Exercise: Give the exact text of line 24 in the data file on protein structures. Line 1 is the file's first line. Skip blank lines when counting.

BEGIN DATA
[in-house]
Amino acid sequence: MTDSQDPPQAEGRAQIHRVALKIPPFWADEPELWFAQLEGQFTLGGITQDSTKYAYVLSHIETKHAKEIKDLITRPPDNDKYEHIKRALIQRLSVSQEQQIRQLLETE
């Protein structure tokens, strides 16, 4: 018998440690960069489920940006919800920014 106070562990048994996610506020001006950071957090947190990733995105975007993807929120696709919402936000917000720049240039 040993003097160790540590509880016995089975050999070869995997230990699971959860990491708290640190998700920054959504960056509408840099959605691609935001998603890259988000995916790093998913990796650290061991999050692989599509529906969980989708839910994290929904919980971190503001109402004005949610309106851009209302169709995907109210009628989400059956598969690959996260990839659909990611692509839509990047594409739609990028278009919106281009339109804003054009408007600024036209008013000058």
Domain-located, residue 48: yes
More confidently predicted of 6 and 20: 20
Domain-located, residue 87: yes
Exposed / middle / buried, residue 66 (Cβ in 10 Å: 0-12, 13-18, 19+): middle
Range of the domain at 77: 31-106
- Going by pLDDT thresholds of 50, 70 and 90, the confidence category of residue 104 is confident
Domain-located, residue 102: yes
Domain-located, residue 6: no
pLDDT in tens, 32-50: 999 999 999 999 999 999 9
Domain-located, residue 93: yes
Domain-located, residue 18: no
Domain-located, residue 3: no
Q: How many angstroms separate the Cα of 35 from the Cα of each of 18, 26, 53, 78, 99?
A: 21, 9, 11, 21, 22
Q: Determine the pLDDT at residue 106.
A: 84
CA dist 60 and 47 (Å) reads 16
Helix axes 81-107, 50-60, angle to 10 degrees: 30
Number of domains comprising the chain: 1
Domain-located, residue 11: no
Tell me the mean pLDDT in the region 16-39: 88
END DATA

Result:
Tell me the mean pLDDT in the region 16-39: 88